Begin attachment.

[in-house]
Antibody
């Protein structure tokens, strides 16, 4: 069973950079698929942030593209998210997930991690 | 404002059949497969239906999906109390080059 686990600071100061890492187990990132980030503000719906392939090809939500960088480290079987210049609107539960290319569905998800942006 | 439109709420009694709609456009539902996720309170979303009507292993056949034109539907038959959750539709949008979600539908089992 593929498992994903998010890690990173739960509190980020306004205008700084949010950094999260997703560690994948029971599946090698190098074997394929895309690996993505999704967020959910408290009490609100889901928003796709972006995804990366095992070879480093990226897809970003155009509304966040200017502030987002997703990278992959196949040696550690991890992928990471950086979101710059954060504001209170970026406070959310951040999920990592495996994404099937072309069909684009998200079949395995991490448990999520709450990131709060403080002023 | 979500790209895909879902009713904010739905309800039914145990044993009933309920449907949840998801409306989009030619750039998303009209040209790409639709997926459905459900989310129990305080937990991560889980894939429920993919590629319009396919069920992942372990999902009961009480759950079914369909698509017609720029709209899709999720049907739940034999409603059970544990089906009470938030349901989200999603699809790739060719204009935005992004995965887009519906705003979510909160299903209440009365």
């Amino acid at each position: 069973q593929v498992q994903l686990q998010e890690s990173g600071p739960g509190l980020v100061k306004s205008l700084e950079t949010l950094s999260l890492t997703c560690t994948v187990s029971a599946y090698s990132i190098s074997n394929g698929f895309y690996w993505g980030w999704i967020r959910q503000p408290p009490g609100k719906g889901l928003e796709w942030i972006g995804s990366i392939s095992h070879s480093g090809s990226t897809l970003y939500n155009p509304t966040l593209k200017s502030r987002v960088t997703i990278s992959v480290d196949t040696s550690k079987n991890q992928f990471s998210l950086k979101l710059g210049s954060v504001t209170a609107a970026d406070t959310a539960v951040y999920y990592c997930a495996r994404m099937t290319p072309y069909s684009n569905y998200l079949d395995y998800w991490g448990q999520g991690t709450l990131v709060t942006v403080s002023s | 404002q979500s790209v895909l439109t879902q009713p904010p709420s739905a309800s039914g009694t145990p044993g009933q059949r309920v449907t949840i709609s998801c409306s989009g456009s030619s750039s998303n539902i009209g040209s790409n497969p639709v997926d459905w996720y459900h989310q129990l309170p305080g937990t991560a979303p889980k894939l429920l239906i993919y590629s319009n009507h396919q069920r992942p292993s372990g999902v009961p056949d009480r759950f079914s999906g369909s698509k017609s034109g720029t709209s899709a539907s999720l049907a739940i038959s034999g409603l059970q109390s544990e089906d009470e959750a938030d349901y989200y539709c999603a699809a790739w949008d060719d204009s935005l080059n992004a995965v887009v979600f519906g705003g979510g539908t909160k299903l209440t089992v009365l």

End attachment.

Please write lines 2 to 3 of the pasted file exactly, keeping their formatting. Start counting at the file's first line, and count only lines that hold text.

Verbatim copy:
Antibody
């Protein structure tokens, strides 16, 4: 069973950079698929942030593209998210997930991690 | 404002059949497969239906999906109390080059 686990600071100061890492187990990132980030503000719906392939090809939500960088480290079987210049609107539960290319569905998800942006 | 439109709420009694709609456009539902996720309170979303009507292993056949034109539907038959959750539709949008979600539908089992 593929498992994903998010890690990173739960509190980020306004205008700084949010950094999260997703560690994948029971599946090698190098074997394929895309690996993505999704967020959910408290009490609100889901928003796709972006995804990366095992070879480093990226897809970003155009509304966040200017502030987002997703990278992959196949040696550690991890992928990471950086979101710059954060504001209170970026406070959310951040999920990592495996994404099937072309069909684009998200079949395995991490448990999520709450990131709060403080002023 | 979500790209895909879902009713904010739905309800039914145990044993009933309920449907949840998801409306989009030619750039998303009209040209790409639709997926459905459900989310129990305080937990991560889980894939429920993919590629319009396919069920992942372990999902009961009480759950079914369909698509017609720029709209899709999720049907739940034999409603059970544990089906009470938030349901989200999603699809790739060719204009935005992004995965887009519906705003979510909160299903209440009365």